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After Syrian Shelling, Turkey Continues Retaliation And Weighs Troop Action



ANKARA - Turkish artillery has continued to target Syria for a second straight day, in retaliation for the shelling of a Turkish town that killed five people.

Wednesday’s deadly mortar fire heightened tensions as it marked the first time that Turkish citizens have been killed as a result of the 18-month war in neighboring Syria. It is also the first time that Ankara has fired into Syria.

While Prime Minister Recep Tayyip Erdogan announced that Turkey had resumed artillery shelling of Syria, Turkey’s Parliament debated a bill Thursday to authorize the military to launch cross border operations in Syria, according to the Istanbul daily Hurriyet.

The motion to be voted on at Parliament would grant "a one-year-long permission to make the necessary arrangements for sending the Turkish Armed Forces to foreign countries" in light of the fact that the conflict in Syria "has reached a stage that poses serious threats and risks to our national security. Therefore, the need has developed to act rapidly and to take the necessary precautions against additional risks and threats that may be directed against our country."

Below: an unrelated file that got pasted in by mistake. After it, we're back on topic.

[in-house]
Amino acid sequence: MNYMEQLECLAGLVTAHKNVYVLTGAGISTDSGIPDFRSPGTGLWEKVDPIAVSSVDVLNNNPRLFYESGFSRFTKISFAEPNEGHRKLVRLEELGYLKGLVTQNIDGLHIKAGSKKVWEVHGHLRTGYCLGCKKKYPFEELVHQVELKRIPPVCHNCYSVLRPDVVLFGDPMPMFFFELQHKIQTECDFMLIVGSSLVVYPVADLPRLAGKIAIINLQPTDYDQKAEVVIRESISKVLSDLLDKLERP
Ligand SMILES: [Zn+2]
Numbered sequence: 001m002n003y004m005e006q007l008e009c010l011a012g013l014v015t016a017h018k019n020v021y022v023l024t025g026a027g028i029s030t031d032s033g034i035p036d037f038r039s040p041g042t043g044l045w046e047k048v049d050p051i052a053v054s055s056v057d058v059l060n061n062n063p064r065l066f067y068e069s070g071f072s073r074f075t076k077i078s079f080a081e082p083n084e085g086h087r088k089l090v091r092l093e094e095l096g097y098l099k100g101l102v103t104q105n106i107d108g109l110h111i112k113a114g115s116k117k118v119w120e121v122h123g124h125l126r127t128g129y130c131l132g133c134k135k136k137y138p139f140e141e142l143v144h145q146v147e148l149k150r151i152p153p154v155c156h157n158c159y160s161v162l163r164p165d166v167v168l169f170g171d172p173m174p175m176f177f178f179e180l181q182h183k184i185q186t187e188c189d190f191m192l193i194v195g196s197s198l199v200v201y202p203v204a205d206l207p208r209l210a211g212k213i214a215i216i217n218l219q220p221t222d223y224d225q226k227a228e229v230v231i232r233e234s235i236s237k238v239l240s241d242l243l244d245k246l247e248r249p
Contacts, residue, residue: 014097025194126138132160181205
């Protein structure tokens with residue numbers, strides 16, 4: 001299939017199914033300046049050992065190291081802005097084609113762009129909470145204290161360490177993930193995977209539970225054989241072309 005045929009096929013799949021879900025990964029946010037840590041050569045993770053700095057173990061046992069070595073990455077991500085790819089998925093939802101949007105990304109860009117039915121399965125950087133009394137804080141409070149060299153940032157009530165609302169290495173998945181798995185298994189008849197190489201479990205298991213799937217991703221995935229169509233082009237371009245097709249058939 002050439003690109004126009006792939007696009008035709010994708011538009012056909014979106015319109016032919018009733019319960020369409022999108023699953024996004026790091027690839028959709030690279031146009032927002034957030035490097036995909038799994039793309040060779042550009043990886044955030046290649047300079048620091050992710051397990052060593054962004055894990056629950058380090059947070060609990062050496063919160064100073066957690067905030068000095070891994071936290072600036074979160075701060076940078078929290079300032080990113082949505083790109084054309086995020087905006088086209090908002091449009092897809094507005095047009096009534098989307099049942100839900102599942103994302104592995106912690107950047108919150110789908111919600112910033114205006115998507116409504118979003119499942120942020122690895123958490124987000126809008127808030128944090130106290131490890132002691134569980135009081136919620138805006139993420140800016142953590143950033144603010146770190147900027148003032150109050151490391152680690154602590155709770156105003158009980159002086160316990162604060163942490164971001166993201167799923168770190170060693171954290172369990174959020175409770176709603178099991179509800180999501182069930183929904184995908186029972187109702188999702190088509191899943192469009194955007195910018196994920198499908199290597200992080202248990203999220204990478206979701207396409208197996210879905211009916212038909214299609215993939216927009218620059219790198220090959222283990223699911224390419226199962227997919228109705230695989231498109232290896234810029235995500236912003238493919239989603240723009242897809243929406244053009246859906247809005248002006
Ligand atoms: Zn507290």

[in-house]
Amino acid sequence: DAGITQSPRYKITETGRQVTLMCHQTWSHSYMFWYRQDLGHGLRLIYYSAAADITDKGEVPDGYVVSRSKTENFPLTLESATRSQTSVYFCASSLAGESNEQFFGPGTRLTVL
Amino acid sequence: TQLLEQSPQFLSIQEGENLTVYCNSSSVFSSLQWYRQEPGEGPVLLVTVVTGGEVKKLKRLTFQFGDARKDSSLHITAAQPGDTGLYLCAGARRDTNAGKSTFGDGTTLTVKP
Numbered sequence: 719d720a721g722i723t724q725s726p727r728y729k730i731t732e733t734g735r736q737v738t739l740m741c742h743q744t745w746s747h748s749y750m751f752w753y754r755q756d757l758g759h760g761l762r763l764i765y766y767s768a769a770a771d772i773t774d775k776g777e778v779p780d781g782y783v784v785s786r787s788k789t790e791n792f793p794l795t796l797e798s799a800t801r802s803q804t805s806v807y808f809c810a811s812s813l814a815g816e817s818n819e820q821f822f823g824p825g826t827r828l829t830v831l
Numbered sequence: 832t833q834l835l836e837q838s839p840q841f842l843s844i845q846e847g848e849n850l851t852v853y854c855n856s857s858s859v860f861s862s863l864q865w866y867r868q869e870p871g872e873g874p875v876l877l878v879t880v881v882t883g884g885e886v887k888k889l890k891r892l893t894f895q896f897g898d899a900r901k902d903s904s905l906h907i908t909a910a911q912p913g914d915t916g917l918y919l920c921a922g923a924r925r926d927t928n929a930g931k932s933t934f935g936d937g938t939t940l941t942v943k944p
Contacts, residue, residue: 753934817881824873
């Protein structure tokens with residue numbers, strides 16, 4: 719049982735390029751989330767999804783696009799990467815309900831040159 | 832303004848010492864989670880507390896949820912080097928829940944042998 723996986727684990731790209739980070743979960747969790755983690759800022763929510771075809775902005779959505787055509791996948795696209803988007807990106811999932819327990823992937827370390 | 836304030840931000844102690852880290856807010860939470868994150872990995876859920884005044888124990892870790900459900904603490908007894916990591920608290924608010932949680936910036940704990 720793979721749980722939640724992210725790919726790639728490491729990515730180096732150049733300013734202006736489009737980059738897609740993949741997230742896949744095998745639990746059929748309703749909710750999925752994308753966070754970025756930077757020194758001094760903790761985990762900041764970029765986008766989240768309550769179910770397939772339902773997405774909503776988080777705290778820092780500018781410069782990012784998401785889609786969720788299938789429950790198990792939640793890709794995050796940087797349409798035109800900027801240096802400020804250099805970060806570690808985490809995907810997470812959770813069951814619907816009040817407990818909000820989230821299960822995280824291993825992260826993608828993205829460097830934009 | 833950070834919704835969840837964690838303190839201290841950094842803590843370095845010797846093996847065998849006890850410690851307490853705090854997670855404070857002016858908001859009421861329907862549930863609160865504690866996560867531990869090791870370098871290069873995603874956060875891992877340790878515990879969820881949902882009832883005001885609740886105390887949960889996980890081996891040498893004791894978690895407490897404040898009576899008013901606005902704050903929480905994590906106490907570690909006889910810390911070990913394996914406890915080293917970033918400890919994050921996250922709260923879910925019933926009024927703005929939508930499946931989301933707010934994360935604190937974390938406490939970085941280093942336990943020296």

The main opposition Republican People's Party (CHP) is expected to vote against the motion following a group meeting in the early hours Thursday, according to Radikal newspaper.

The AKP Deputy Chairman Ömer Çelik has said the mandate is about the sovereignty rights of the Turkish Republic and does not mean declaring war.

Ibrahim Kalin, a senior adviser to Prime Minister Erdogan, says Turkey has no interest in a war with Syria, but it will continue to protect its borders, Hurriyet reported.

The White House and Pentagon have condemned Syria for the shelling. NATO continues to stand by its member Turkey, but has proposed no immediate action.

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Should Christians Be Scared Of Horror Movies?

Horror films have a complicated and rich history with christian themes and influences, but how healthy is it for audiences watching?

Should Christians Be Scared Of Horror Movies?

"The Nun II" was released on Sept. 2023.

Joseph Holmes

“The Nun II” has little to show for itself except for its repetitive jump scares — but could it also be a danger to your soul?

Christians have a complicated relationship with the horror genre. On the one hand, horror movies are one of the few types of Hollywood films that unapologetically treat Christianity (particularly Catholicism) as good.

“The Exorcist” remains one of the most successful and acclaimed movies of all time. More recently, “The Conjuring” franchise — about a wholesome husband and wife duo who fight demons for the Catholic Church in the 1970s and related spinoffs about the monsters they’ve fought — has more reverent references to Jesus than almost any movie I can think of in recent memory (even more than many faith-based films).

The Catholic film critic Deacon Steven Greydanus once mentioned that one of the few places where you can find substantial positive Catholic representation was inhorror films.

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